Michael Lyons and Chris Simmons have a reputation for obtaining big results in important cases, and when you talk to them you understand why. They are passionate about helping their clients while also invoking change.

In the early morning hours of Jan. 22, 2018, a gas well operation in Pittsburg County, Oklahoma, caught fire. The worst oil-field incident in Oklahoma history and the deadliest in the U.S. since the 2010 Macondo Deepwater Horizon blowout, the fire was so intense it could be seen on satellite images. Michael Lyons and Chris Simmons were hired to represent the family of one of the five men burned alive trying to escape the blaze.

“The human tragedy from this case still haunts me. I think about it all the time. The circumstances that led to that blowout should have never happened,” Lyons recounted, adding that he believes his job is more than serving as a financial conduit for his clients. “So many lives were impacted, and that really weighed on us, but I cannot tell you how proud I am with the result for our clients. What we were able to demonstrate in that case will help change the culture that allowed this to happen. It is gratifying to provide the victims’ loved ones with the promise that change will occur so this doesn’t happen to other families,” Lyons said. “I’ve been told the civil justice system is about compensating the victims of civil wrongs. While that is true, it ignores the bigger picture. When used properly, the civil justice system will also serve to police corporate activity. That creates a responsibility for a trial lawyer.”

For the past 20 years, Lyons’ practice has focused on large personal injury, wrongful death, and business dispute cases, and through his success, big cases followed. Since joining forces with Chris Simmons to form Lyons & Simmons, LLP, there is no secret to why those cases have continued to find them. Lyons and Simmons are truly warriors for their clients’ causes.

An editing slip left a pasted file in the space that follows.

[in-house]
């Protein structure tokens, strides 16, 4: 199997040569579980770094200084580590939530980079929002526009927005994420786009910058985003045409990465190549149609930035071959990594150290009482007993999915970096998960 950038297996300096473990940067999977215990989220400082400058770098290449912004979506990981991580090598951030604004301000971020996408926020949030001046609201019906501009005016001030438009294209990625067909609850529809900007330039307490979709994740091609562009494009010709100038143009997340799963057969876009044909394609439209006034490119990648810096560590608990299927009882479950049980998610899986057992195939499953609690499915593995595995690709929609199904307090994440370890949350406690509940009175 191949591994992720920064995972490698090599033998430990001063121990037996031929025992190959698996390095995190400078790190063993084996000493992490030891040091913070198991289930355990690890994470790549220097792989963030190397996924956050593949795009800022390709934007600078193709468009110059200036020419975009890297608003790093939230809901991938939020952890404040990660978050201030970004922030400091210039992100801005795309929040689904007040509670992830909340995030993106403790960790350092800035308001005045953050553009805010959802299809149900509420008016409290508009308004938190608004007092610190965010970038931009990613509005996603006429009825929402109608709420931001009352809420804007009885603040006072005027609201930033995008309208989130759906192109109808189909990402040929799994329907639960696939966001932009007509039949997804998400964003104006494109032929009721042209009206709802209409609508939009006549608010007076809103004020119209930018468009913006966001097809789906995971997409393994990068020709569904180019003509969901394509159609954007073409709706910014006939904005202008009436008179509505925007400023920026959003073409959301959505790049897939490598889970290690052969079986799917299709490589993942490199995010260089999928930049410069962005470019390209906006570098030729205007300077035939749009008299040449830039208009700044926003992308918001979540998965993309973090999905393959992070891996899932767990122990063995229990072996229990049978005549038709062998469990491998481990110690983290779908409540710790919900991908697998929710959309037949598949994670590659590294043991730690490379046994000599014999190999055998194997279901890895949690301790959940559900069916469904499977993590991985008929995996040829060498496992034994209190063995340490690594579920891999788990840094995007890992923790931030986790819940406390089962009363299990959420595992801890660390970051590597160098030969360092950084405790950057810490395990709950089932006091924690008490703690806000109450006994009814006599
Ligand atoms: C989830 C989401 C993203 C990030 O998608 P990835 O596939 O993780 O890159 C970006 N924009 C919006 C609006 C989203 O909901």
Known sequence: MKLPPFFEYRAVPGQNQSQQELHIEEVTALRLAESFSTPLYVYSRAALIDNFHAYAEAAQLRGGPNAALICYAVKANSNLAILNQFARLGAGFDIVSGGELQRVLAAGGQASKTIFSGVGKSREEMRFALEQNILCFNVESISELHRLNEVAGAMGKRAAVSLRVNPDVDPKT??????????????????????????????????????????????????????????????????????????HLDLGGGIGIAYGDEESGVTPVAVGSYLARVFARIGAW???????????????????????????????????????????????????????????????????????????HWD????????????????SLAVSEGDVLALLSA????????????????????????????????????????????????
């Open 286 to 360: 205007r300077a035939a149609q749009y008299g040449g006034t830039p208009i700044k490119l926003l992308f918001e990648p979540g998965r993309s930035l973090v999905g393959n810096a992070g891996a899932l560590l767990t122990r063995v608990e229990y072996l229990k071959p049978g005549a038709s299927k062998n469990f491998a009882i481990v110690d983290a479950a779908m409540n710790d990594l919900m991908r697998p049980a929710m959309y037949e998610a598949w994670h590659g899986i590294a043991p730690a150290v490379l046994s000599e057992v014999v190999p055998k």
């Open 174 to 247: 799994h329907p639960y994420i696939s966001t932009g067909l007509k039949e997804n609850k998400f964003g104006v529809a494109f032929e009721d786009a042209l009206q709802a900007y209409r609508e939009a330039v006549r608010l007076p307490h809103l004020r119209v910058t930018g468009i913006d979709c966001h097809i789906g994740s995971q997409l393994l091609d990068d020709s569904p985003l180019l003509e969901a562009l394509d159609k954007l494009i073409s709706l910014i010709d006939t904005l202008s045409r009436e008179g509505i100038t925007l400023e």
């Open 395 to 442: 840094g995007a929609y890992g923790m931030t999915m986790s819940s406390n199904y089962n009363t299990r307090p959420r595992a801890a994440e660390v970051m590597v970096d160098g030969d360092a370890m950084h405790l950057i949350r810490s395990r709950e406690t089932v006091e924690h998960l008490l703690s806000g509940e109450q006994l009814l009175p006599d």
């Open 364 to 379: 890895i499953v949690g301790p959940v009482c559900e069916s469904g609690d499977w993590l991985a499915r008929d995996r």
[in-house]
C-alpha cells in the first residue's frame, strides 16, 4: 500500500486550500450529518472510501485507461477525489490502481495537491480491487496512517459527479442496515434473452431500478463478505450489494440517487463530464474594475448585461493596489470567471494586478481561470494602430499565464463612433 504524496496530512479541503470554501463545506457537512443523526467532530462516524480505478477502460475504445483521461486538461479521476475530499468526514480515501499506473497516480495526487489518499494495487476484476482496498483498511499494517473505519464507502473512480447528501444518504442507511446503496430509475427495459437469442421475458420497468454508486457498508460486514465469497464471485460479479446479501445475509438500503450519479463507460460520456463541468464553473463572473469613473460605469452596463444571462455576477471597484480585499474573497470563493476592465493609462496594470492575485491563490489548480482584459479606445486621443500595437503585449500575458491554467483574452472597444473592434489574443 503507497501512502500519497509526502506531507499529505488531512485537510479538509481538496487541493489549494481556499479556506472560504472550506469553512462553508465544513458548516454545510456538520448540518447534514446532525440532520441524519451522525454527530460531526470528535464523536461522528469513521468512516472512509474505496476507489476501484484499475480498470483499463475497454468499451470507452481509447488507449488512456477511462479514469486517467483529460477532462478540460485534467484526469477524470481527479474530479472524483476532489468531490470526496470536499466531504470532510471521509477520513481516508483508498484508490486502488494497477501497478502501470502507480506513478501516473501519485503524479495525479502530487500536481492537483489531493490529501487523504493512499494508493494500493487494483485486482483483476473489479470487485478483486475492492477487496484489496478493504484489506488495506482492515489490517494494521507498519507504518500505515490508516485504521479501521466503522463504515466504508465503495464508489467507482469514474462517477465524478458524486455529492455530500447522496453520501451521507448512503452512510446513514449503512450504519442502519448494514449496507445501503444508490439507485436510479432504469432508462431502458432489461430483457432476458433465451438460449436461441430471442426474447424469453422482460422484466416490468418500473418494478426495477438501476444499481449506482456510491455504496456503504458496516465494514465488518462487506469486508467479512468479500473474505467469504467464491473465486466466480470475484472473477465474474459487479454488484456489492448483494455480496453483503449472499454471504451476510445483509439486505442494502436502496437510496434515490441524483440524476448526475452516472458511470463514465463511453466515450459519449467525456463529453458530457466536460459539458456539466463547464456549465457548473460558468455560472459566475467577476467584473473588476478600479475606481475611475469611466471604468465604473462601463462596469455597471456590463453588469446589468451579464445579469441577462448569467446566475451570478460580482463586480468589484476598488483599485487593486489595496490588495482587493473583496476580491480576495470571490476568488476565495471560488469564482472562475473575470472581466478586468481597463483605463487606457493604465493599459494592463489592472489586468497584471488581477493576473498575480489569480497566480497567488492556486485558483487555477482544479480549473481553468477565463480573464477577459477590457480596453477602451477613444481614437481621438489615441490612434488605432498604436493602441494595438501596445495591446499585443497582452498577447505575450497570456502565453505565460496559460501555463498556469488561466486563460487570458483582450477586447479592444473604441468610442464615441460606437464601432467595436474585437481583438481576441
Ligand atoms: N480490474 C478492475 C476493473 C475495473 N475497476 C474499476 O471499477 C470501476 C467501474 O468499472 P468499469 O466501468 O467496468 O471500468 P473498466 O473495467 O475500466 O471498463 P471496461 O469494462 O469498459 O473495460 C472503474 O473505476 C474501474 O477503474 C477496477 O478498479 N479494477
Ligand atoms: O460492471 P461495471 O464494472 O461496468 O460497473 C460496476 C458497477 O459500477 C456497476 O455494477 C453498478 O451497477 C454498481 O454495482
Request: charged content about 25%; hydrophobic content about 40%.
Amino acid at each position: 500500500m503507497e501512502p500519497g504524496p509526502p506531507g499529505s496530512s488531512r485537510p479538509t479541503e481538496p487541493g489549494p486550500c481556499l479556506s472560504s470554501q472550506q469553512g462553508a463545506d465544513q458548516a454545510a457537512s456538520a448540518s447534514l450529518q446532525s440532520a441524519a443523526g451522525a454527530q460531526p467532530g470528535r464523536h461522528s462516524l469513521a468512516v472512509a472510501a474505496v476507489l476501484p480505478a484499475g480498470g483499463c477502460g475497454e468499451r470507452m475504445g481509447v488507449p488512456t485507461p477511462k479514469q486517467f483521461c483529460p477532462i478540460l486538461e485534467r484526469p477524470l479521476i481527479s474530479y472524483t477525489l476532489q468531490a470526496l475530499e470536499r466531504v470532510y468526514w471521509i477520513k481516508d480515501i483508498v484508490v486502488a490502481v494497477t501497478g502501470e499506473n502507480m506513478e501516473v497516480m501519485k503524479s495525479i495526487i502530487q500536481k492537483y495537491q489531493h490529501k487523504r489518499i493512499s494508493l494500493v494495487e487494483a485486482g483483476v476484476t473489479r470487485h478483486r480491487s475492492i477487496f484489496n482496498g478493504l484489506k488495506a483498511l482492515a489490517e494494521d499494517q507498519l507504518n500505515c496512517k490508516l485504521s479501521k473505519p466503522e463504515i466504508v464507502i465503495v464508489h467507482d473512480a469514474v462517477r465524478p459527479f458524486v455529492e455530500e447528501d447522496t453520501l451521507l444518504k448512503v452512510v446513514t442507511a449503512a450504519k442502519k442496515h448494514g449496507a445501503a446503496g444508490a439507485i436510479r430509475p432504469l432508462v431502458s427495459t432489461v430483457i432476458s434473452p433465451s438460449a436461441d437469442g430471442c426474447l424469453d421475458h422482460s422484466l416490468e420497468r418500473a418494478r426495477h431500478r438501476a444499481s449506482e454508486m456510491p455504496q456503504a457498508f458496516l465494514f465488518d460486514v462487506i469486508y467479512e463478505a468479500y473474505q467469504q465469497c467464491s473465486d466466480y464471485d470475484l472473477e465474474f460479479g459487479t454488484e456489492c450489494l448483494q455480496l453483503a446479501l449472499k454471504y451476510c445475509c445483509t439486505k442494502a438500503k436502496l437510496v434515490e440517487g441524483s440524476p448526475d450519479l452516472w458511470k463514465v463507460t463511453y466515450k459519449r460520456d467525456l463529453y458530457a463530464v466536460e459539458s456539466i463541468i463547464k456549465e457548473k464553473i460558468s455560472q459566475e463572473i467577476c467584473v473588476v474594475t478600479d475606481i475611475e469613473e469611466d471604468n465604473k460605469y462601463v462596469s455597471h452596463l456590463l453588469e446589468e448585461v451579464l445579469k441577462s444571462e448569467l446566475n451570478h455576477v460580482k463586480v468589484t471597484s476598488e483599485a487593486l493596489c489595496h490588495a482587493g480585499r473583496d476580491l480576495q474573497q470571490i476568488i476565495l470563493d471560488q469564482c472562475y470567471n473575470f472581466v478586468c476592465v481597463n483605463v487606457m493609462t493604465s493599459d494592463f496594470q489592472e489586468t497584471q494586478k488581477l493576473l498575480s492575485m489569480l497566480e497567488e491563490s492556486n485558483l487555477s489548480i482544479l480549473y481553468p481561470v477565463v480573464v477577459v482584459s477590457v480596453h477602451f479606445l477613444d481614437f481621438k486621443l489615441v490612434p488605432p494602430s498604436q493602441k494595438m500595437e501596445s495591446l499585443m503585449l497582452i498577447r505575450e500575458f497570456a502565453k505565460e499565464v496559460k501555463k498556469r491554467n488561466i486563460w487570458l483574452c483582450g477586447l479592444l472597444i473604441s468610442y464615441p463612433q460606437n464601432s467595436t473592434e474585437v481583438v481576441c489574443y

"Sometimes change may not be achieveable, but righting the wrong is."

In 2019, Lyons and Simmons represented the victim of a particularly unsettling sexual assault. “Our client was suffering from the devastating effects of dementia, which left her particularly vulnerable to an assault in her own home by a cable [TV] worker,” Simmons said. What their investigation would ultimately uncover is what he called a “blind spot” in the hiring practices of communications companies.  “We were in the middle of testimony by corporate representatives when it became obvious that the screening ball had been dropped. It was like the light went on, and they finally got it,” Simmons said. “I can’t tell you how satisfying that was for us. It’s why we do what we do, to inspire change where it would otherwise never occur.”

Sometimes change may not be achievable, but righting the wrong is. Lyons filed a much-publicized multimillion-dollar lawsuit in 2019 against the University of Kansas alleging it engineered NCAA violations to change the characterization of former head football coach David Beaty’s firing in order to avoid the buyout provision in his contract.

“The publicly available details of the case are egregious. What hasn’t been reported is what it has done to my client and his family. It has been devastating for them,” Lyons said. “My clients’ problems are my problems. I literally lose sleep at night thinking about how they have been wronged and how I intend to fix it.”

The Beaty case is not only emblematic of Lyons’ relentless pursuit of righting the wrongs experienced by clients, but it also signifies his unflinching attitude about taking on large institutions.

“Most of our cases are David vs. Goliath stories. It is usually us against some giant institution represented by a team of big-firm lawyers whose strategy is to outspend and outflank you. I just say, ‘Bring it on.’”

That confidence is not unfounded. Lyons & Simmons wins for its clients.

“Our firm’s mission is to provide representation on par with, if not better than, that of any billionaire or giant multinational corporation. Economic status or what ill-fated misfortune you’re faced with should not determine your chance to win in the civil justice system. That’s un-American.”